NextJS, React, Typescript, Apollo, GraphQL, Sequelize, PostgreSQL

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The Idea

Readingly is a reading tracker application using the Google Books API. It helps users meet their reading goals by providing personalized recommendations of how much time to invest in their current book.

I've always been dissatisfied with the existing reading tracking tools, like Goodreads. Mainly, I've always felt like they are too focussed on social features when what I want is a smart tracker that will encourage me to read more and discover new books. When I was brainstorming new portfolio projects, this was the top of my list.

Readingly's reading progress tracking

The Tech

I used NextJS to develop the front end of the site, with Apollo Client for caching and fetching data. The API uses Apollo Server, Express, and Sequelize on top of a PostgreSQL database.

NextJS was my first choice for a front end framework for this project because of its opinionated approach to React projects, its SEO and speed advantages, and its new ability to support truly dynamic URLs.

I also decided to use Typescript on the front end after working in Java for a few months. I now understand how type safety speeds up my development process by a considerable amount over the long term.

Readingly's account page

On the backend, I decided to use an ORM to interact with the database since a) I have only ever built projects using knex or SQL queries, and b) I wanted to write the application with migrations, seeding data, and flexibility through the development process. Sequelize was an excellent fit for those requirements, and I was pleasantly surprised by how it let me work quickly and confidently on everything required of the database.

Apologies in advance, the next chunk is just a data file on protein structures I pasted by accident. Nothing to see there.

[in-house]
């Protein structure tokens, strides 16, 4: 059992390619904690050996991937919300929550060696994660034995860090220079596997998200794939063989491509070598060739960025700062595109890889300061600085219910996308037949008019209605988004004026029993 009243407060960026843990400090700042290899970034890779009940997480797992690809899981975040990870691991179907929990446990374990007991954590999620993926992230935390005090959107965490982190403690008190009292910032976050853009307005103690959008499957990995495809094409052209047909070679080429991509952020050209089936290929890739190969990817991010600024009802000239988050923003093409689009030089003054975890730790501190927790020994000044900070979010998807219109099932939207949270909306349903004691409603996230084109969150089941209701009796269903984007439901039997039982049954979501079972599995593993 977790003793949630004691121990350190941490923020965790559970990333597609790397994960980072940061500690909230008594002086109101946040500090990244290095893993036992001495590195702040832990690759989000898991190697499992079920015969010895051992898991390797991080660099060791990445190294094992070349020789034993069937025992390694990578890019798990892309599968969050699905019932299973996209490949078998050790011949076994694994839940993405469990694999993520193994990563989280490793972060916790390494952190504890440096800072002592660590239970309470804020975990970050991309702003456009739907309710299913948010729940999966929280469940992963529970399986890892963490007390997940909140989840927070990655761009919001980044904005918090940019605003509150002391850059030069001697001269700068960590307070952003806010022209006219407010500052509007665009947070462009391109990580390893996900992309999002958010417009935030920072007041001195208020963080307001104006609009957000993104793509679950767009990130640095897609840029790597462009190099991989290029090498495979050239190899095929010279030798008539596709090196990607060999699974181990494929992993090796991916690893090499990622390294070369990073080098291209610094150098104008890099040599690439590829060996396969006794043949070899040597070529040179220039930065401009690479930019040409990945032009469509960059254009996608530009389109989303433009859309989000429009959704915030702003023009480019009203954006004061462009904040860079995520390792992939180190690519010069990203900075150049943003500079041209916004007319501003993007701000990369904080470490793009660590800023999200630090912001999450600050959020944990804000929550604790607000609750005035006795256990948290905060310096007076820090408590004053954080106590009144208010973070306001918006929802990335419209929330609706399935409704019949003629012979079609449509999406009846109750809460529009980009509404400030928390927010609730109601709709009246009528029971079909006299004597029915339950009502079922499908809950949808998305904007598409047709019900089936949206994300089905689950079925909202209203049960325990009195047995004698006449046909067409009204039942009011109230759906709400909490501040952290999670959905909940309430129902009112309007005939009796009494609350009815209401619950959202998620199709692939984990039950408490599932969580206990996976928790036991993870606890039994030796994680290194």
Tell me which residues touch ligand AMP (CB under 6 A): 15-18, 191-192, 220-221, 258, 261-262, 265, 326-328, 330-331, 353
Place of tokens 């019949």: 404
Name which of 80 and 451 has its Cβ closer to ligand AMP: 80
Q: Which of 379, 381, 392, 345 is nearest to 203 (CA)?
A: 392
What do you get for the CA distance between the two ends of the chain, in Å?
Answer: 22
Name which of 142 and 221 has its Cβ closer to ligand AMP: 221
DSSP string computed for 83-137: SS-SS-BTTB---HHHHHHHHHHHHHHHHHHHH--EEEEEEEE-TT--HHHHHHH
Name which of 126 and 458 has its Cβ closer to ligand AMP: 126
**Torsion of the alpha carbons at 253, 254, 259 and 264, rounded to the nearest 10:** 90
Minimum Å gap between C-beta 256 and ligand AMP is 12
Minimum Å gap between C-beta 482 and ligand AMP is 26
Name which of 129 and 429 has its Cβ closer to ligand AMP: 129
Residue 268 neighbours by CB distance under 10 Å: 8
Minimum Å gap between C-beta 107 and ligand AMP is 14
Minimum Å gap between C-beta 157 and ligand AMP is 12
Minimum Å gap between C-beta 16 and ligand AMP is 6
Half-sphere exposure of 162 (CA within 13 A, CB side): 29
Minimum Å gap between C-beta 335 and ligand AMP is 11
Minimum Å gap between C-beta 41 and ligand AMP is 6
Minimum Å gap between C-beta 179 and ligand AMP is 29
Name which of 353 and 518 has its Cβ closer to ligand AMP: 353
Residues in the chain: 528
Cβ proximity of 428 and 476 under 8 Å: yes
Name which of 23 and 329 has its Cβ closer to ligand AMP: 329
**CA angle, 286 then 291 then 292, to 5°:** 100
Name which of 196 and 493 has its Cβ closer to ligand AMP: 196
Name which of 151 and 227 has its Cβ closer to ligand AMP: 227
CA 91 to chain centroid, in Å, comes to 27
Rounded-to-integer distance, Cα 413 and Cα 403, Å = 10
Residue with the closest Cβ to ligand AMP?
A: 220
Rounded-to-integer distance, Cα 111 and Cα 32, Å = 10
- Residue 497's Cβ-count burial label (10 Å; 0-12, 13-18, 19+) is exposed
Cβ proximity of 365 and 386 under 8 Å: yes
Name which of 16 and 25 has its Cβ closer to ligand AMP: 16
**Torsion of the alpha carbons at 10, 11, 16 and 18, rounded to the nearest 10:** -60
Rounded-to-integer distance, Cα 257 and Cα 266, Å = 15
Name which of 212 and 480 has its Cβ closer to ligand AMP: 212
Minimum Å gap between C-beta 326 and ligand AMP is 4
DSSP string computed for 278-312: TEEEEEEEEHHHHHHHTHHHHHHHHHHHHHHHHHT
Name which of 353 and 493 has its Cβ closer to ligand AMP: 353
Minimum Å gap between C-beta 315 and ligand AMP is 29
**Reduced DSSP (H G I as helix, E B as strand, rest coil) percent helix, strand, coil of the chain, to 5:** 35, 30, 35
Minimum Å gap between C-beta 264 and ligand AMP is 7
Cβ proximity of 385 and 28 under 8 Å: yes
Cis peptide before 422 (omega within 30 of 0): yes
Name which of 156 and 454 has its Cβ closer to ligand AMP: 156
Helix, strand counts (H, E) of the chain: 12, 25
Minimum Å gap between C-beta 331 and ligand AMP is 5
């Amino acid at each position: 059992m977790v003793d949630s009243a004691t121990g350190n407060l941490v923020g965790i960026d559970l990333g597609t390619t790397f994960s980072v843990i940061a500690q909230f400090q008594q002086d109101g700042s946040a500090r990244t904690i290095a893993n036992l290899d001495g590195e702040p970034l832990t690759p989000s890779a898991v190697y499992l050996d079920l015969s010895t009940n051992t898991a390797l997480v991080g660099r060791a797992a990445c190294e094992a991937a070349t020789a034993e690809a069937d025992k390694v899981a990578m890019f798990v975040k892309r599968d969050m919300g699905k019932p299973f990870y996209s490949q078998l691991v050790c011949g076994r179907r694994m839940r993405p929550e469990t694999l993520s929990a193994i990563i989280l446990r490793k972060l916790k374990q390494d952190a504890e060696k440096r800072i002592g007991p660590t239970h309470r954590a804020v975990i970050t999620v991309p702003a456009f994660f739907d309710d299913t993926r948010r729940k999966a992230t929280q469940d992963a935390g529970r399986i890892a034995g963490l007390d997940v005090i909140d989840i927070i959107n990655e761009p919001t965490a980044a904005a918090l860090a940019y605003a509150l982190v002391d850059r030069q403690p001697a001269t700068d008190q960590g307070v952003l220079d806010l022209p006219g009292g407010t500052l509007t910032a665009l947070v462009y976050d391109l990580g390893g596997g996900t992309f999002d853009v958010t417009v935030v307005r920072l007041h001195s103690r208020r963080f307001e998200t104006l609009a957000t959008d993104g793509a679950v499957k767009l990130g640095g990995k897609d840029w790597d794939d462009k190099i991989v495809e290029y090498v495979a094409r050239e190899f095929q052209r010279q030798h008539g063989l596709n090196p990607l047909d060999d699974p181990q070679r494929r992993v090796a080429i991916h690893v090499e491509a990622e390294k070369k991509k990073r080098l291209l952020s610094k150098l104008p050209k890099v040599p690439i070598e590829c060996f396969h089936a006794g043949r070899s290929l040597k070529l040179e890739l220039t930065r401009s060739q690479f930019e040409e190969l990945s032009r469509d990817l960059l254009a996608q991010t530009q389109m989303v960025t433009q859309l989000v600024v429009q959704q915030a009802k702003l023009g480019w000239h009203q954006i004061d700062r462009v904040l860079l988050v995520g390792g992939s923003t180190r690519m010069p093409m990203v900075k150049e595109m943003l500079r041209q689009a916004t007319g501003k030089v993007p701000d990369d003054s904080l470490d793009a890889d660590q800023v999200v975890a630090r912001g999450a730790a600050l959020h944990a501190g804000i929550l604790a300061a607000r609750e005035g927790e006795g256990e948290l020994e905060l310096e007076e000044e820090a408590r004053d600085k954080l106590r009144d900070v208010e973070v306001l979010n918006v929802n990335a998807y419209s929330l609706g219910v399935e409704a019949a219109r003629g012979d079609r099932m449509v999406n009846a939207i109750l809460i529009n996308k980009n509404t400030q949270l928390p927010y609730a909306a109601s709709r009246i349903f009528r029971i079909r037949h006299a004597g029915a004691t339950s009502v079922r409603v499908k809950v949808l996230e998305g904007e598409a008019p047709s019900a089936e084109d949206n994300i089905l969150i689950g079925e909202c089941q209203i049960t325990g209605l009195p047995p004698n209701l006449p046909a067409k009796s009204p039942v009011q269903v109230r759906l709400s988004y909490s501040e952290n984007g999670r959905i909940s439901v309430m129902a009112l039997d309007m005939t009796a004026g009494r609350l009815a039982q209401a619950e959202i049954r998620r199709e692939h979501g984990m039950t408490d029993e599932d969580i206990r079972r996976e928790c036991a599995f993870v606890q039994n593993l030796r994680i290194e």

I chose to develop with an Apollo Server GraphQL API on top of that because I knew that a big part of the application would be combing data from sources like the Google Books API, and I had never written a full GraphQL API from scratch.

Overall, I love how quickly these technologies let me work and how well they integrate with each other into a unified whole.

The Best Part

My favourite part of working on the app was expanding my knowledge of testing practices while working towards having high test coverage for the whole application.

For example, an area that I had never really worked through before was proper integration testing. For the most part, this was a pretty straightforward process of querying the API and ensuring that it returned expected values from actual requests. But I quickly ran into the problem of how to test the API with cookie-based authentication. There are many resources out there on how to test an API with JWT based authentication. Surprisingly, there was very little about how to do an integration test with a cookie!

Since I had decided to use cookie-based authentication for the security benefits, I needed to figure out this issue; otherwise, my tests would not be valid integration tests.

Eventually, after looking through the response object returned by my login resolver, I realized that with a little work, I could grab the cookie and attach it as a header to subsequent requests.

Here's what I added to my tests/api script:

1import axios from "axios";
3// Custom axios client for test requests
4const api = axios.create({
5 withCredentials: true,
6 headers: {
7 "Content-Type": "application/json",
8 },
9 adapter: require("axios/lib/adapters/http"),
12// Helper utility to create better error messages and attach cookies
14 function onSuccess(response) {
15 return {
16 data: getData(response),
17 cookie: getCookies(response),
18 response: response,
19 };
20 },
21 function onError(result) {
22 throw new Error(
23 `${result.response.status}: ${JSON.stringify(
25 )}`
26 );
27 }
30// Function to get cookies off of the response object
31const getCookies = res => {
32 if (!res.headers["set-cookie"]) return null;
33 const cookies = res.headers["set-cookie"][0]
34 .split(",")
35 .map(item => item.split(";")[0]);
36 return cookies[0];
© 2022, Gabe Kirkley